JpGU-AGU Joint Meeting 2017

Presentation information

[EE] Oral

B (Biogeosciences) » B-CG Complex & General

[B-CG07] [EE] Earth and Planetary Science Frontiers for Life and Global Environment

Mon. May 22, 2017 10:45 AM - 12:15 PM 201B (International Conference Hall 2F)

convener:Yoshinori Takano(Japan Agency for Marine-Earth Science and Technology (JAMSTEC)), Yohey Suzuki(Graduate School of Science, The University of Tokyo), Keisuke Fukushi(Institute of Nature & Environmental Technology, Kanazawa University), Katsunori Yanagawa(Graduate School of Social and Cultural Studies, Kyushu University), Chairperson:Keisuke Fukushi(Institute of Nature & Environmental Technology, Kanazawa University), Chairperson:Katsunori Yanagawa(Graduate School of Social and Cultural Studies, Kyushu University), Chairperson:Yoshinori Takano(JAMSTEC)

11:30 AM - 11:45 AM

[BCG07-10] Iron Isotope Signatures of Gastropods at the Hydrothermal Vent

*Yuko Yamagata1, Yuki Tanaka1, Chong Chen3, Takashi Toyofuku3, Takafumi Hirata2 (1.Graduate School of Science, Kyoto University, 2.Graduate School of Science, Tokyo University, 3.Japan Agency for Marine-Earth Science and Technology )

Keywords:Fe stable isotope, Fe bio-cycle, hydrothermal vent, scaly-foot gastropod, Gigantopelta aegis, multiple collector ICP-mass spectrometer (MC-ICP-MS)

Variation in iron isotope ratio (δ56Fe/54Fe) of biological samples can reflect principally the differences in the Fe absorption efficiency from food sources. In the marine environment, several pioneering studies have revealed that δ56Fe of marine organisms did not vary significantly among different organs of an organism, or among different trophic levels, due to the availability of Fe being very limited in seawater. In contrast, Fe abundance in hydrothermal vent fields (~10%) is many fold higher than most of seawater (~10-7%). This evoked us to consider that the Fe bio-cycle at hydrothermal vents is likely to be different from most other marine environment. However, the detailed understanding concerning the Fe absorption and metabolism in organisms inhabiting hydrothermal vents remained obscure.
To investigate the Fe bio-cycle at the Fe-enriched hydrothermal vent environment, the Fe isotope ratio of two vent endemic snails with thioautotrophic endosymbionts were measured. This included the ‘scaly-foot gastropod’ (Chrysomallon squamiferum) (n=5) and Gigantopelta aegis (n=5), which are members of the same family Peltospiridae and live side-by-side in the Longqi vent field, Southwest Indian Ridge. The δ56Fe of various tissues (muscle, gill, blood, heart, endosymbiont-containing oesophageal gland), shell, and scales on the foot were measured using a multiple collector ICP-mass spectrometer (MC-ICP-MS), after the decomposition of organic component and the purification of Fe through an anion-exchange chromatography.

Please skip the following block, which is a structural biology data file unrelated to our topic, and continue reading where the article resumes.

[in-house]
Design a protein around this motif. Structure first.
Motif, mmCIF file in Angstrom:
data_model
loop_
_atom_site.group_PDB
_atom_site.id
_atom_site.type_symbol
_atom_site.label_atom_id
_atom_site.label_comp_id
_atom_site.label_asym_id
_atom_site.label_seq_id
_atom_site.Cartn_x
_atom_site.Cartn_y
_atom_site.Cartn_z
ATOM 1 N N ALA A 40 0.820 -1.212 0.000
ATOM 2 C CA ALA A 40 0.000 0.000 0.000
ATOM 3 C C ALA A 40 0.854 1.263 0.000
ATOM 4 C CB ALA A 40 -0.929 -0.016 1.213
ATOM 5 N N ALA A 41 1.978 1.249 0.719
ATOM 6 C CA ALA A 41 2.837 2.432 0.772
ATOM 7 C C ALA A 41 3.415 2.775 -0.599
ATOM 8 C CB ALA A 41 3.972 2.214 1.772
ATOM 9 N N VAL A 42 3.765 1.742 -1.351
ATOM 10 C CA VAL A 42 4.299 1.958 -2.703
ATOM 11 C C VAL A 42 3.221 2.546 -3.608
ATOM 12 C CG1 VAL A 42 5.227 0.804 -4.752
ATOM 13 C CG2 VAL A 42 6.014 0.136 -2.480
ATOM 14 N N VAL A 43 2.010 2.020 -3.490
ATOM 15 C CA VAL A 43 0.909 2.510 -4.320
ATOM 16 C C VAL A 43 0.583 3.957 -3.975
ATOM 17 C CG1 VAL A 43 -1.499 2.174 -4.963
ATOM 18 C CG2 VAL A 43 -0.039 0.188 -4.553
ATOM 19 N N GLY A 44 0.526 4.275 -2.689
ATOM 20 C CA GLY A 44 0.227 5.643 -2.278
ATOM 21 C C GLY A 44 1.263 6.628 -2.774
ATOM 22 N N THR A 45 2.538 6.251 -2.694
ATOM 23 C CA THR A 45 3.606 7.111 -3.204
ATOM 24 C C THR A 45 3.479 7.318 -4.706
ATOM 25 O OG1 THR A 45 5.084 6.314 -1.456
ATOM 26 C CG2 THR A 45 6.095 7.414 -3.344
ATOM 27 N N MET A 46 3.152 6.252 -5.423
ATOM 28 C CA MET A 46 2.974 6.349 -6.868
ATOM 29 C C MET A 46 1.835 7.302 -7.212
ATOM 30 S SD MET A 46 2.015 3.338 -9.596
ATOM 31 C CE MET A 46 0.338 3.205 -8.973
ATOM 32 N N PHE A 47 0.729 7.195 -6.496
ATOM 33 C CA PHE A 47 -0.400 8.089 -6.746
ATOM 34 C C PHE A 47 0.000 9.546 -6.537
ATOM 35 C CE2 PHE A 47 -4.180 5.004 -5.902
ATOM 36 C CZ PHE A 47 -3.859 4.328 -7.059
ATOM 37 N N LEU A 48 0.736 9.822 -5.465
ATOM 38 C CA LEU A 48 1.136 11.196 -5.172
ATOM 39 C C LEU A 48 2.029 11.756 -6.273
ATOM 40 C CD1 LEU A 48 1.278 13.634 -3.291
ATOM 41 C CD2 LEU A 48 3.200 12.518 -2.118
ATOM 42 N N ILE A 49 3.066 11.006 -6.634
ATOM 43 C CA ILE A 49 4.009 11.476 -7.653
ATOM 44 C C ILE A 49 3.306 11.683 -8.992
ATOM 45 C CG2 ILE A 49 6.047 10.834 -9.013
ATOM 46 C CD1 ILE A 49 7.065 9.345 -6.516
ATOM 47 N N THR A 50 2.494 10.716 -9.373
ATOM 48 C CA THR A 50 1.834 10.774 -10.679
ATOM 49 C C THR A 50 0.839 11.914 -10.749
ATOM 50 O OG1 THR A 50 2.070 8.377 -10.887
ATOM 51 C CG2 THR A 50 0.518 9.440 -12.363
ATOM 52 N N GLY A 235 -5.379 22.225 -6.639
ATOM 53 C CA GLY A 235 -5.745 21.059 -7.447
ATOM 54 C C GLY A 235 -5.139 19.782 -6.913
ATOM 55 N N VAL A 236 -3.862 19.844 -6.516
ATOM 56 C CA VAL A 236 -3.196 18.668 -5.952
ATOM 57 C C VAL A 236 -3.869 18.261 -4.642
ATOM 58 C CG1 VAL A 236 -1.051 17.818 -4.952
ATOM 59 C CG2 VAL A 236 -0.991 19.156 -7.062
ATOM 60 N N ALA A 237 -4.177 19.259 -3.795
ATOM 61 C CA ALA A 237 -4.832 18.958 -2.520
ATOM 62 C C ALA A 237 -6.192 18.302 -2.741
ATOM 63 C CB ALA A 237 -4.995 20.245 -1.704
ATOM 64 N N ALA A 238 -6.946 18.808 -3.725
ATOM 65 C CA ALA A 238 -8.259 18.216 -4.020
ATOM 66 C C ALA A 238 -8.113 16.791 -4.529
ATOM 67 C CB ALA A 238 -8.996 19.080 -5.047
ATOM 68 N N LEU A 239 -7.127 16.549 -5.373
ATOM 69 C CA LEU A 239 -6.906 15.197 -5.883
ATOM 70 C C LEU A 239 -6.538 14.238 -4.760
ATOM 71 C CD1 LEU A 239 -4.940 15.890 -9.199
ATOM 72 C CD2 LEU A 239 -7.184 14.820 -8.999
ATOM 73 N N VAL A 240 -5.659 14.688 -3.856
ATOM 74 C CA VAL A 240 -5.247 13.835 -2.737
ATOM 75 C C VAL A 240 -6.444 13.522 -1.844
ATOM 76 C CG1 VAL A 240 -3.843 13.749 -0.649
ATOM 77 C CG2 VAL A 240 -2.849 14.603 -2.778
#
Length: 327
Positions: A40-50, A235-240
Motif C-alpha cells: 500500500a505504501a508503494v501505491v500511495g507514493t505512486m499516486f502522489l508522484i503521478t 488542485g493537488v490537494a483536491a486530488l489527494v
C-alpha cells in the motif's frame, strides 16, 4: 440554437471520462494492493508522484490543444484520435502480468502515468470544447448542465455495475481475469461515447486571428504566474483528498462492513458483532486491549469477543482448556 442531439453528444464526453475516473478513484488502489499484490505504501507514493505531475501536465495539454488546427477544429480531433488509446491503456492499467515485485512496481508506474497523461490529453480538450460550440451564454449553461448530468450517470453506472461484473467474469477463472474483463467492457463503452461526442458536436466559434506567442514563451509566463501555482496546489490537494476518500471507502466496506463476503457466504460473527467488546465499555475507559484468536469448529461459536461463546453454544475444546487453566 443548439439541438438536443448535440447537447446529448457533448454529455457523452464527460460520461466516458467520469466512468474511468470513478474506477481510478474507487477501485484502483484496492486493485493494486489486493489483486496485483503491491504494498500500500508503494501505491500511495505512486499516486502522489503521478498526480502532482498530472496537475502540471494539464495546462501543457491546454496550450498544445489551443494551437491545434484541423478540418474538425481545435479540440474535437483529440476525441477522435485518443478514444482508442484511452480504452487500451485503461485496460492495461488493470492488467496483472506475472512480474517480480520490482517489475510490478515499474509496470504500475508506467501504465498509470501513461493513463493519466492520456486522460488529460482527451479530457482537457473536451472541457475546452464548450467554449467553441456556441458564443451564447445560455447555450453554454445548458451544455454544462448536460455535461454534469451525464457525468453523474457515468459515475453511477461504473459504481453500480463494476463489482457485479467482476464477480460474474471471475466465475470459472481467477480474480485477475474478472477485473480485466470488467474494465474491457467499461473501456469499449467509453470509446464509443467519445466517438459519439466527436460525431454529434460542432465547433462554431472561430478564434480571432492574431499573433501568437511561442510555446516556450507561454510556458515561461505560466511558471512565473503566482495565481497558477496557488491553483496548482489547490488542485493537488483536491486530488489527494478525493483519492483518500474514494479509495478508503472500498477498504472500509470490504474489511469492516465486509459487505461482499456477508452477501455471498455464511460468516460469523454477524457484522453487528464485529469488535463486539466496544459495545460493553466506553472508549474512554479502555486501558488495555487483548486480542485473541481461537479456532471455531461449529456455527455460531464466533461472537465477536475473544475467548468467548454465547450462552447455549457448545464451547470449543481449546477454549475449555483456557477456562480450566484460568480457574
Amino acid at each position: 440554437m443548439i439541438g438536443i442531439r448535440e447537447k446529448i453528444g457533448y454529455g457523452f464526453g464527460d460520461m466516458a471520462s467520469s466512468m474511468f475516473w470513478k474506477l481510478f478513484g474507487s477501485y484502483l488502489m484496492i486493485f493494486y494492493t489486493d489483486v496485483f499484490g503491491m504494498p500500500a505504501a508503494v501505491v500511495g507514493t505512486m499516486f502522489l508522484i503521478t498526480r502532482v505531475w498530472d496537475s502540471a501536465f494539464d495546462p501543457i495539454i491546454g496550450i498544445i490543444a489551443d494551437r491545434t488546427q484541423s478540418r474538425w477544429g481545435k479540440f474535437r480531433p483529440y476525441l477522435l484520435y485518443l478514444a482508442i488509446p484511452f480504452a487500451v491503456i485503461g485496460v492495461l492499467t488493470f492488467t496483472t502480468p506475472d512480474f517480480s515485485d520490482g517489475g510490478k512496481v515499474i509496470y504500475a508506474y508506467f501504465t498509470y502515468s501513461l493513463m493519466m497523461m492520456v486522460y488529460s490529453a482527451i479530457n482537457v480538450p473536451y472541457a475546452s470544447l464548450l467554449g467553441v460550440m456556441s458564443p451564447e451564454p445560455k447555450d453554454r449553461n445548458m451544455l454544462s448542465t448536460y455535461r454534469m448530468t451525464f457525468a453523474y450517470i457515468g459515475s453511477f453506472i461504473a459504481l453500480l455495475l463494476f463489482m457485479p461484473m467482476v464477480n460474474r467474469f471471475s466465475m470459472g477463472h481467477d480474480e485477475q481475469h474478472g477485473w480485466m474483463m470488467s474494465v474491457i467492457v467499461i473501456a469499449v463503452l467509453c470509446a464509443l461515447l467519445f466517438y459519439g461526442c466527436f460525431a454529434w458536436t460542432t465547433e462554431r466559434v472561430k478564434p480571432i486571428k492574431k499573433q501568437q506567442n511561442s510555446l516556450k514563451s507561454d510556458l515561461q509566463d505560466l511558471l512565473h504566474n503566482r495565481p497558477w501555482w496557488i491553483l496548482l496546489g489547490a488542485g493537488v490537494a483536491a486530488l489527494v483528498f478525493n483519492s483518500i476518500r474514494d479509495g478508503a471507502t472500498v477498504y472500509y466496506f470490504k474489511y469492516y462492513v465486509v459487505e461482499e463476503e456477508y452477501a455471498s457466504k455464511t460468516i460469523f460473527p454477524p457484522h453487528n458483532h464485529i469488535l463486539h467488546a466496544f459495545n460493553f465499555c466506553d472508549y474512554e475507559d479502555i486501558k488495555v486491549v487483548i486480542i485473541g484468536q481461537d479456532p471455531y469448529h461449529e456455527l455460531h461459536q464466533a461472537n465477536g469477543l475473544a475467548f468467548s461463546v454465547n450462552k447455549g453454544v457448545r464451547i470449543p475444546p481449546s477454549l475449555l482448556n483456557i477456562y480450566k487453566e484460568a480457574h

The resulting of δ56Fe for muscle, gill, blood, and heart from the ‘scaly-foot’ was approximately the same as the δ56Fe value of the environment, indicating high absorption efficiencies of Fe. On the other hand, the δ56Fe of such tissues in Gigantopelta aegis was about 1‰ lower than the ‘scaly-foot’ and the environment, indicative of lower Fe absorption efficiencies. No differences in δ56Fe was detected in the endosymbiotic bacteria hosting oesophageal gland between the ‘scaly-foot’ and Gigantopelta aegis; but only in the ‘scaly-foot’ the isotopic ratio was different from other tissues. These results suggest that the ‘scaly-foot’ has high Fe absorption efficiency from the environment but low Fe supply efficiency to its endosynbionts, whereas Gigantopelta aegis has low Fe absorption efficiency but high Fe supply efficiency to its endosymbionts. The Fe isotope signatures obtained here revealed clear differences in the absorption efficiency of dietary Fe, between two closely related snails in the same environment with similar lifestyle. These signatures will also be discussed in relation to two key adaptations of these snails, namely hosting endosymbiotic bacteria in an internalized organ and having an iron-compound layer on the shell and scales.